This is the essay for the 55th lesson in the Autobiographies course from the Ronpaul curriculum. In this blog post, I will be covering the question of: What was Booker T. Washington’s opinion on the slave system?
Booker T. Washington was an influential person who was part of the last generation of people who were born into slavery. He was born in 1856 and in 1865, when Washington was 9 years old, the system of slavery was abolished. He worked very hard to get accepted into the Hampton Institute. When he was there, he worked even harder to stay there. After he finished his curriculum, the Hampton Institute president, Samuel C. Armstrong recommended him to become the first president of the Tuskegee Institute. Washington even made the students of the Institute work hard. Since the institute wasn’t even built, the institute was first based in a local church and later he made the students build the institute from scratch. Washington did many important things in his life, but one stood out more than the rest.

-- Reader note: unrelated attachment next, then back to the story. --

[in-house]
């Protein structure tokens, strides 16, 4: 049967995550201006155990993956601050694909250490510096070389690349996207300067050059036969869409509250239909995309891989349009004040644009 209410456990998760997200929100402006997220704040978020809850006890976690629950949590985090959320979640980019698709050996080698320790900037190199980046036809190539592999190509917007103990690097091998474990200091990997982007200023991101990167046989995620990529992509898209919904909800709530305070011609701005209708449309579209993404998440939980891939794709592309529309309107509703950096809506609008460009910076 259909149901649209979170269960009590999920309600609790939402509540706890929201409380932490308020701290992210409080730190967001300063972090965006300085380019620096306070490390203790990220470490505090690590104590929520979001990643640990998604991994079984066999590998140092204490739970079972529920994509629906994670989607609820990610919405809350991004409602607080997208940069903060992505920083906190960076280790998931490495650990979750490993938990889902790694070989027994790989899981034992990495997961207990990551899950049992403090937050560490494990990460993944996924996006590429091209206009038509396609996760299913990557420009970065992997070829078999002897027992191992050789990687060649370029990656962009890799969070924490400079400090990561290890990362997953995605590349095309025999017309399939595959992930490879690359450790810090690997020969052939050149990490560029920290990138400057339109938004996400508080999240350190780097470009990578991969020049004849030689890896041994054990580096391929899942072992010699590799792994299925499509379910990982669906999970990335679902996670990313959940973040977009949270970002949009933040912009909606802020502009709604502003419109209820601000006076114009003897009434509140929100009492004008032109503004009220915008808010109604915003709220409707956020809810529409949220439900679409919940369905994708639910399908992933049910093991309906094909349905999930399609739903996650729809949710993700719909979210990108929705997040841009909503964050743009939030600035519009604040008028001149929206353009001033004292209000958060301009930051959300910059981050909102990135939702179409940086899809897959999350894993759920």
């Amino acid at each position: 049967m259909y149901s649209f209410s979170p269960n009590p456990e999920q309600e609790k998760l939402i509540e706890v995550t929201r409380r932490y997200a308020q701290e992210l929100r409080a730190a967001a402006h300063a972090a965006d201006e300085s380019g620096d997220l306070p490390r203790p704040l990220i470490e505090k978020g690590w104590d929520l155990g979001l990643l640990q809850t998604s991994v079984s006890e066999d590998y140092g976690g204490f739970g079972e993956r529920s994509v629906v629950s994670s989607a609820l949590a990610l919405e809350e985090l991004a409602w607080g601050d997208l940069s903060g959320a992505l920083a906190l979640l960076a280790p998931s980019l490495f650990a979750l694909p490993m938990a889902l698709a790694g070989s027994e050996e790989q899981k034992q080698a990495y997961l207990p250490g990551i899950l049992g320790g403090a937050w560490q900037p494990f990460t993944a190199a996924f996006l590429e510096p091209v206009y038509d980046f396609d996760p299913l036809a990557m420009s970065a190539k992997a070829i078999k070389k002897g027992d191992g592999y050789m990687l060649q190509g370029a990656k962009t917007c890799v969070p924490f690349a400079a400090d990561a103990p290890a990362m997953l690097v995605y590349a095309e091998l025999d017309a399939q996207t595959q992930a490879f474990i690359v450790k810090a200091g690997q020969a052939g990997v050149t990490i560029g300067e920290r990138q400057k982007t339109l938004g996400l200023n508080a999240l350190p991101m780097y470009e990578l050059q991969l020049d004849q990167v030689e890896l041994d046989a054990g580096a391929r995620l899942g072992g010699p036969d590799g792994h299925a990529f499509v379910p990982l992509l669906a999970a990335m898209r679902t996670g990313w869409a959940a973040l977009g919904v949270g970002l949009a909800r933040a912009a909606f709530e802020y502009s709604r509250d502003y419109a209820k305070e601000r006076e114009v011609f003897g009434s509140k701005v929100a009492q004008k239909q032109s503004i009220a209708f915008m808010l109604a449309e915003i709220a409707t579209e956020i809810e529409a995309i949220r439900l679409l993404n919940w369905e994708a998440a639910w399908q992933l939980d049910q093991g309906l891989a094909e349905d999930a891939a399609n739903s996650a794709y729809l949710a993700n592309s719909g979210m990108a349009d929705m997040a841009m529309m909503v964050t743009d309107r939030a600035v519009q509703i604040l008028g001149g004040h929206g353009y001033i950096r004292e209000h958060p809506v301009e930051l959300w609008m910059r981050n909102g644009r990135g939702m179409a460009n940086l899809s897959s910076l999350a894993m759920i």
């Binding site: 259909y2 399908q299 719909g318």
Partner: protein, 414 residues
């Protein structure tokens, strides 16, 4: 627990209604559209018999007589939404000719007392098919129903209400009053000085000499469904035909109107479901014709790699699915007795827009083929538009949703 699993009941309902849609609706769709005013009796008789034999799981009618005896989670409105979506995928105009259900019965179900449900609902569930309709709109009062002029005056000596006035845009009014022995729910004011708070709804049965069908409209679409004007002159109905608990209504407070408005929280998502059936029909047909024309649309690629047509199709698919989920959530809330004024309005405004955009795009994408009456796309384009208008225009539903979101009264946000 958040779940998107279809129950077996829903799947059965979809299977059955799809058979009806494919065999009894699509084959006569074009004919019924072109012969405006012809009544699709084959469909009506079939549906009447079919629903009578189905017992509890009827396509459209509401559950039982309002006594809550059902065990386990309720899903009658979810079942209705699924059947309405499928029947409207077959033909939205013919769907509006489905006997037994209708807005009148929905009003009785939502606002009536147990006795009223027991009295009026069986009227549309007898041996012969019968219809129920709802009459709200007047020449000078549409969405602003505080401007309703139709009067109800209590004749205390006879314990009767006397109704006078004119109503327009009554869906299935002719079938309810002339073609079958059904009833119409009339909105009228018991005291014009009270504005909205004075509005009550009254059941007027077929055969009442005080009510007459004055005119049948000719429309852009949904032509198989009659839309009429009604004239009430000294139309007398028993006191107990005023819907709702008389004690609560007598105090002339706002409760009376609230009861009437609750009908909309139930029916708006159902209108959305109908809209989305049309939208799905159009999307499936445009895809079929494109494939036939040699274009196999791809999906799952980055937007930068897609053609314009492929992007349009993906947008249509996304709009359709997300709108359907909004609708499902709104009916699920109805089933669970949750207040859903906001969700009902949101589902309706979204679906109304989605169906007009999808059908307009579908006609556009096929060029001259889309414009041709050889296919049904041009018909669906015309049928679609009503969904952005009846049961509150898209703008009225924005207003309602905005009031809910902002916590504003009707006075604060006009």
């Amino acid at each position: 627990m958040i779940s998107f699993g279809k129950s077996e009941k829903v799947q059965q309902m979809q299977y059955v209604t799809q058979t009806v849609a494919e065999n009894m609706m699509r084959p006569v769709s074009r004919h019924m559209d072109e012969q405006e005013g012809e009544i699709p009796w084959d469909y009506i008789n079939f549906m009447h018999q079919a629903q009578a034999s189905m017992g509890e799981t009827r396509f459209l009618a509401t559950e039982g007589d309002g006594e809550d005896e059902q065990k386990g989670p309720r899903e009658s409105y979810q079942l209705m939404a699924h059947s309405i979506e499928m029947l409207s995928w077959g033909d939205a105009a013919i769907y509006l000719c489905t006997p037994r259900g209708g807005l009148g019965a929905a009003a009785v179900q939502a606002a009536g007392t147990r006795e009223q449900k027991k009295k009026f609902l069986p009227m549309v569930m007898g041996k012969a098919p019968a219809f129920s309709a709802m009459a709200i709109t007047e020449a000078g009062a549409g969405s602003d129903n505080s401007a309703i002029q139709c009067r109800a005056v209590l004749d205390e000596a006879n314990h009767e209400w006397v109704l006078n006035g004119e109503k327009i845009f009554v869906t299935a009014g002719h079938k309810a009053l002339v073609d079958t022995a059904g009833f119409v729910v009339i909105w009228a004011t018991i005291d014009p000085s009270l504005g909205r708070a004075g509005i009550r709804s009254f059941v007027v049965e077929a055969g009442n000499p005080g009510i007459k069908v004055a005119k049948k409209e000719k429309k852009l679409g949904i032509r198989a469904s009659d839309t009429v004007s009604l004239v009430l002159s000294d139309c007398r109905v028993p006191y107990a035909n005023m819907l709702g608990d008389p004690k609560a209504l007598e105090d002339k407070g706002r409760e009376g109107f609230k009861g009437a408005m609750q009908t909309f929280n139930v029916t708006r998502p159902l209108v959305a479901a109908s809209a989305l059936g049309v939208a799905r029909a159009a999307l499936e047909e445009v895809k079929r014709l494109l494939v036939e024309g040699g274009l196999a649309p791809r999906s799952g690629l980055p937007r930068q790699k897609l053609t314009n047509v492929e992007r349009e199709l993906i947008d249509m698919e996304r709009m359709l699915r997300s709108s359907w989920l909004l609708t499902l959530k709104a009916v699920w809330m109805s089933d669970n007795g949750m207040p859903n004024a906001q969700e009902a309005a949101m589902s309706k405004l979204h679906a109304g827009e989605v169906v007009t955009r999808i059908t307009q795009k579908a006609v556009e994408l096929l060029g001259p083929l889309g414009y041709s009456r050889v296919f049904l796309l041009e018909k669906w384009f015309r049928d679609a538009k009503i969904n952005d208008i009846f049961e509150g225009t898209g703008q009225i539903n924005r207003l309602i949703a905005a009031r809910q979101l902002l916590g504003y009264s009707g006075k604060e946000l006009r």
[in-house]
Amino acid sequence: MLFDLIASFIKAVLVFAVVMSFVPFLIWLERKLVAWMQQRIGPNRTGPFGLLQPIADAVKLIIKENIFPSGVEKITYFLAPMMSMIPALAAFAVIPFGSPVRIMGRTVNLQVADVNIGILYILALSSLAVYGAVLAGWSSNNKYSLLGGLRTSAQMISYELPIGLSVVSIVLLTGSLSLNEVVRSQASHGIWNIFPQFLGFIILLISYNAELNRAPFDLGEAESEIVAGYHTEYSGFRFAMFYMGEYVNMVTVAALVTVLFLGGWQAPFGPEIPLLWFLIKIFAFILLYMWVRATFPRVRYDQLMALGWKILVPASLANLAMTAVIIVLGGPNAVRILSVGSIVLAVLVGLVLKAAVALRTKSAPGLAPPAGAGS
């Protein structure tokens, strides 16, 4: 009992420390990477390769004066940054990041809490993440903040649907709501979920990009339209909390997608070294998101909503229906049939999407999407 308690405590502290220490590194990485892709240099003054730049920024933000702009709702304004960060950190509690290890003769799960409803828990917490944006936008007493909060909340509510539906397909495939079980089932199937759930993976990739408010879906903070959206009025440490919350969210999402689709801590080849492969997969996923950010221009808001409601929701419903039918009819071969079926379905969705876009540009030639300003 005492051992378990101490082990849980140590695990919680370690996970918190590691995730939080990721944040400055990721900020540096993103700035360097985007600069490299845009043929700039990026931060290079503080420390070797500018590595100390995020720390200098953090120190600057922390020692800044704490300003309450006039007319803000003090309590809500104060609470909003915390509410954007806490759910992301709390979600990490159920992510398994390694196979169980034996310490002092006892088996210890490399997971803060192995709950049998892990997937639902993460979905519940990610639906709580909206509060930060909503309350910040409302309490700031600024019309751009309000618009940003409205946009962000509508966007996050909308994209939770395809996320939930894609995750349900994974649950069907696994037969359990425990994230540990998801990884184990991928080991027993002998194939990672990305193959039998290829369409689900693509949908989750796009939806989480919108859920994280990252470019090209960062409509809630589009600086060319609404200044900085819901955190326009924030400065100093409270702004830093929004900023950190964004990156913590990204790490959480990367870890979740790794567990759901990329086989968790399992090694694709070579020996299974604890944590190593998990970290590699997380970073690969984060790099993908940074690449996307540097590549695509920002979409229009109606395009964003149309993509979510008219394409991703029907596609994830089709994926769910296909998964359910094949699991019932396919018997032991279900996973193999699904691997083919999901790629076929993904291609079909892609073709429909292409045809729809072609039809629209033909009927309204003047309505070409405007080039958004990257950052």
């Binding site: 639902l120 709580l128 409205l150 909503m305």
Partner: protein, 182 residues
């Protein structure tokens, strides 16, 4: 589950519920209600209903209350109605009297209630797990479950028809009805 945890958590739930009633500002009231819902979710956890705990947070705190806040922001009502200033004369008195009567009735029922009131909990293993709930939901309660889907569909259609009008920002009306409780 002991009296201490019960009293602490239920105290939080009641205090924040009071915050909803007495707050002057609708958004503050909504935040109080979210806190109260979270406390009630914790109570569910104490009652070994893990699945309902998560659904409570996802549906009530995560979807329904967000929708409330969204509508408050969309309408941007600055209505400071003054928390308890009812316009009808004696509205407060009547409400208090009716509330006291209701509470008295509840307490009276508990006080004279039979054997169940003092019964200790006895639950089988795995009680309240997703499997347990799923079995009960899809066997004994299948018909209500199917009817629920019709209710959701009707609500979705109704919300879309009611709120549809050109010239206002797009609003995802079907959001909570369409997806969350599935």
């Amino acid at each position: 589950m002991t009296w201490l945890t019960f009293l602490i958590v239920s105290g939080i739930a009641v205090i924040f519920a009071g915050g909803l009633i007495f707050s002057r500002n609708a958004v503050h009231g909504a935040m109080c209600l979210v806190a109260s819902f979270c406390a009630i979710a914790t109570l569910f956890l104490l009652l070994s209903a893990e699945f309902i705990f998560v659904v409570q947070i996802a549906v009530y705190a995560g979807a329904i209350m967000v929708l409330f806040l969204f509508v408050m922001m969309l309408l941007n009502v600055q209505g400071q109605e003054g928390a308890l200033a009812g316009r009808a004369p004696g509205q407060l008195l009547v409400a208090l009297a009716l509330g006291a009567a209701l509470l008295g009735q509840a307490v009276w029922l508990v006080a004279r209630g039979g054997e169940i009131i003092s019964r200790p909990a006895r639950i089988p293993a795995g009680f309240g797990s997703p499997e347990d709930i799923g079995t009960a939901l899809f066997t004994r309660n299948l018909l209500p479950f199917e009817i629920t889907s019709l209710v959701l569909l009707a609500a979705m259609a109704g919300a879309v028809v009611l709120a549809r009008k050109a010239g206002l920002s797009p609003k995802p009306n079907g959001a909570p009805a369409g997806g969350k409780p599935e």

This one thing was, Booker T. Washington’s opinion on the slave system. He believed that it hurt the slaves, but also the owners. It hurt the slaves because they were property, not employees. The slaves couldn’t just quit, so they were only given the minimum that they could survive on. The owners were also hurt because the slave system gave them a twisted view of labor. These owners believed that the slaves would do all the manual labor while they would do the intellectual work. In reality, there was no such barrier, so this made it that these owners didn’t try to become good at manual labor. Another problem that plagued both groups, was the lack of economic efficiency. When you’re an employee you want to do a “good job” or you might lose your job. What is considered to be a good job differs between the CEO and the employee. These slaves had no such incentives. They didn’t get paid or have the ability to get another job, so they did the least amount of work possible. In the free-market talent could be used to make a living by being paid the value it brings to other people. But because slaves were locked in their jobs, a lot of talent was lost.